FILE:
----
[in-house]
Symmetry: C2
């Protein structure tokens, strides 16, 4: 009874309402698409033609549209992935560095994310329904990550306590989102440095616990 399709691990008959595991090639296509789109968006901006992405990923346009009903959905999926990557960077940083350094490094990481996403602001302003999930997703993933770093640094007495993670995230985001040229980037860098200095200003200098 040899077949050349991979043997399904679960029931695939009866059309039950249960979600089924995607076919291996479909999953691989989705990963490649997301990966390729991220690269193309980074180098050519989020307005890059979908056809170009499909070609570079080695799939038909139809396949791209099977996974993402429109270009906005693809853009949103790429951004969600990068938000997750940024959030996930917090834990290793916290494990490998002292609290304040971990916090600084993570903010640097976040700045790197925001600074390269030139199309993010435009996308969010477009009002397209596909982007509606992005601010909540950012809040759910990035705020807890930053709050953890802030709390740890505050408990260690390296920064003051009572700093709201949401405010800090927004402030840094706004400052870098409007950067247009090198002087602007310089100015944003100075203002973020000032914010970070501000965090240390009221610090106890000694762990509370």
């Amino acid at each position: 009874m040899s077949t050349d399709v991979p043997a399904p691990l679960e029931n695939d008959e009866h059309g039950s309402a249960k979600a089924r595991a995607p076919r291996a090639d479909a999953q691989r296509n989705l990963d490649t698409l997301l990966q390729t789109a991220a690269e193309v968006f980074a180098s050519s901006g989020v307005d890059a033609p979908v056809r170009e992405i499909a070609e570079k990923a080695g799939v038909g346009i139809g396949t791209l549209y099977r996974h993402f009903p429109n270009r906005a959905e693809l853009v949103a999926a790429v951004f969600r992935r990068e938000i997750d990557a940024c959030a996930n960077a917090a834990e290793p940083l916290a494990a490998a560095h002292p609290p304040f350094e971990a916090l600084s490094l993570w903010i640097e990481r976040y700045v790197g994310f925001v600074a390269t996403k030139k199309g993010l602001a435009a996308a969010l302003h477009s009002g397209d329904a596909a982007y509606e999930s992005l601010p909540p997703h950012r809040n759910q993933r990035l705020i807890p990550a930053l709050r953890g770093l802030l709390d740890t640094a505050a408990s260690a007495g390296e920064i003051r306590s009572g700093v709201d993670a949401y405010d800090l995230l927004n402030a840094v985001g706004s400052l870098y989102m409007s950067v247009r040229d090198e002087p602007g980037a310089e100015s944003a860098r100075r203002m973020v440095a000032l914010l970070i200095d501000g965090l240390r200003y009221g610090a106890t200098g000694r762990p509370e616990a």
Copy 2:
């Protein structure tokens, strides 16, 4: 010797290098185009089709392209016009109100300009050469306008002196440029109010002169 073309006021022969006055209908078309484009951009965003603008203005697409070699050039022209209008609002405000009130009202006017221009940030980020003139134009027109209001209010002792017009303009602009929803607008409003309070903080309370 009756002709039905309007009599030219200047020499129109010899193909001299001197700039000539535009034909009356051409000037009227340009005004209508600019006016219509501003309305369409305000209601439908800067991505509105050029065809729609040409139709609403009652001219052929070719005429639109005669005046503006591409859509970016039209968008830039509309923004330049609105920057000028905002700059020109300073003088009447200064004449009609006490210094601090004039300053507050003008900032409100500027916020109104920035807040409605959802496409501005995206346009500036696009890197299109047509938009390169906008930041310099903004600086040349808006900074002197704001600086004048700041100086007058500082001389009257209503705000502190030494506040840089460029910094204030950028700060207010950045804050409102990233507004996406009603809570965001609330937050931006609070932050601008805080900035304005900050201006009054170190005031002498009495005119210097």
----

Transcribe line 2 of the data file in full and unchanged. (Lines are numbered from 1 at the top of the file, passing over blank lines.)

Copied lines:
Symmetry: C2